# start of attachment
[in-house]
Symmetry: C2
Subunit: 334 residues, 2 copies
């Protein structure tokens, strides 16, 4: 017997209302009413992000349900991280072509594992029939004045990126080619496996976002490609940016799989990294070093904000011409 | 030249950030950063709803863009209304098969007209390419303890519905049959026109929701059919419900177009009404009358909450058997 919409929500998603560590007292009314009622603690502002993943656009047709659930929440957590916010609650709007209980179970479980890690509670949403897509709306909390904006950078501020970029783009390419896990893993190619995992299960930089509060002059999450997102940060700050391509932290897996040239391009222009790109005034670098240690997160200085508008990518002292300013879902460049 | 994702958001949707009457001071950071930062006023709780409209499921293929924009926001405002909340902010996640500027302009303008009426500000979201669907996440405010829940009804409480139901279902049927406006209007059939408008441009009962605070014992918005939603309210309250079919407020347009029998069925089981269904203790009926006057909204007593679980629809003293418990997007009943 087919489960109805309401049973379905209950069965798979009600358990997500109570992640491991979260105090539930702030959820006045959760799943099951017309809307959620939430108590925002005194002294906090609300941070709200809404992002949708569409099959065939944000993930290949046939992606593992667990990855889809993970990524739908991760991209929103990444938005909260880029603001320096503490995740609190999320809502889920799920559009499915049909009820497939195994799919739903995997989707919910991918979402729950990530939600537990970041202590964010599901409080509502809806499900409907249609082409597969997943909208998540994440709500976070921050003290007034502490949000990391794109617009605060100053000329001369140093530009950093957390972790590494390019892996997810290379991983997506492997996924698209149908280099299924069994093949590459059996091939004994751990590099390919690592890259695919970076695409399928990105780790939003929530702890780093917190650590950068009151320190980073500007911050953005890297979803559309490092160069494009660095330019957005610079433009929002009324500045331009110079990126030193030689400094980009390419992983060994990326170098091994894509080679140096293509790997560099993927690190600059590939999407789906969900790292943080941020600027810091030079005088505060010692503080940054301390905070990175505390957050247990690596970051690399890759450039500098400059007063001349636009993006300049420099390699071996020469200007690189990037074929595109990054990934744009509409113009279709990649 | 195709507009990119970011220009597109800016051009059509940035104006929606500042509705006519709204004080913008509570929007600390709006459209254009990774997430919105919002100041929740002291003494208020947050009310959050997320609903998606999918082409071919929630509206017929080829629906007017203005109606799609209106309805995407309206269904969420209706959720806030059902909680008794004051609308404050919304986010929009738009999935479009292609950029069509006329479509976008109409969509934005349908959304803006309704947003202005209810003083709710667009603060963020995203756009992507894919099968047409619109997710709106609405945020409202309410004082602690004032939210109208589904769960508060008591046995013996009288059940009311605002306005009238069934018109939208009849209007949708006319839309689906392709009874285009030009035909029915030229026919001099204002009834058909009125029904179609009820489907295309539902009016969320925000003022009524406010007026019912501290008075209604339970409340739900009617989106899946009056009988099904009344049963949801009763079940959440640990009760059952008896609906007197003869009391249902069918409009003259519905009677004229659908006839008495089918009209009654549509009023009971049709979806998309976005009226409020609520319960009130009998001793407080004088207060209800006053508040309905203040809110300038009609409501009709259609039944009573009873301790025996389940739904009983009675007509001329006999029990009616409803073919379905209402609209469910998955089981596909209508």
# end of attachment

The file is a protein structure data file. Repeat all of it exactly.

[in-house]
Symmetry: C2
Subunit: 334 residues, 2 copies
């Protein structure tokens, strides 16, 4: 017997209302009413992000349900991280072509594992029939004045990126080619496996976002490609940016799989990294070093904000011409 | 030249950030950063709803863009209304098969007209390419303890519905049959026109929701059919419900177009009404009358909450058997 919409929500998603560590007292009314009622603690502002993943656009047709659930929440957590916010609650709007209980179970479980890690509670949403897509709306909390904006950078501020970029783009390419896990893993190619995992299960930089509060002059999450997102940060700050391509932290897996040239391009222009790109005034670098240690997160200085508008990518002292300013879902460049 | 994702958001949707009457001071950071930062006023709780409209499921293929924009926001405002909340902010996640500027302009303008009426500000979201669907996440405010829940009804409480139901279902049927406006209007059939408008441009009962605070014992918005939603309210309250079919407020347009029998069925089981269904203790009926006057909204007593679980629809003293418990997007009943 087919489960109805309401049973379905209950069965798979009600358990997500109570992640491991979260105090539930702030959820006045959760799943099951017309809307959620939430108590925002005194002294906090609300941070709200809404992002949708569409099959065939944000993930290949046939992606593992667990990855889809993970990524739908991760991209929103990444938005909260880029603001320096503490995740609190999320809502889920799920559009499915049909009820497939195994799919739903995997989707919910991918979402729950990530939600537990970041202590964010599901409080509502809806499900409907249609082409597969997943909208998540994440709500976070921050003290007034502490949000990391794109617009605060100053000329001369140093530009950093957390972790590494390019892996997810290379991983997506492997996924698209149908280099299924069994093949590459059996091939004994751990590099390919690592890259695919970076695409399928990105780790939003929530702890780093917190650590950068009151320190980073500007911050953005890297979803559309490092160069494009660095330019957005610079433009929002009324500045331009110079990126030193030689400094980009390419992983060994990326170098091994894509080679140096293509790997560099993927690190600059590939999407789906969900790292943080941020600027810091030079005088505060010692503080940054301390905070990175505390957050247990690596970051690399890759450039500098400059007063001349636009993006300049420099390699071996020469200007690189990037074929595109990054990934744009509409113009279709990649 | 195709507009990119970011220009597109800016051009059509940035104006929606500042509705006519709204004080913008509570929007600390709006459209254009990774997430919105919002100041929740002291003494208020947050009310959050997320609903998606999918082409071919929630509206017929080829629906007017203005109606799609209106309805995407309206269904969420209706959720806030059902909680008794004051609308404050919304986010929009738009999935479009292609950029069509006329479509976008109409969509934005349908959304803006309704947003202005209810003083709710667009603060963020995203756009992507894919099968047409619109997710709106609405945020409202309410004082602690004032939210109208589904769960508060008591046995013996009288059940009311605002306005009238069934018109939208009849209007949708006319839309689906392709009874285009030009035909029915030229026919001099204002009834058909009125029904179609009820489907295309539902009016969320925000003022009524406010007026019912501290008075209604339970409340739900009617989106899946009056009988099904009344049963949801009763079940959440640990009760059952008896609906007197003869009391249902069918409009003259519905009677004229659908006839008495089918009209009654549509009023009971049709979806998309976005009226409020609520319960009130009998001793407080004088207060209800006053508040309905203040809110300038009609409501009709259609039944009573009873301790025996389940739904009983009675007509001329006999029990009616409803073919379905209402609209469910998955089981596909209508």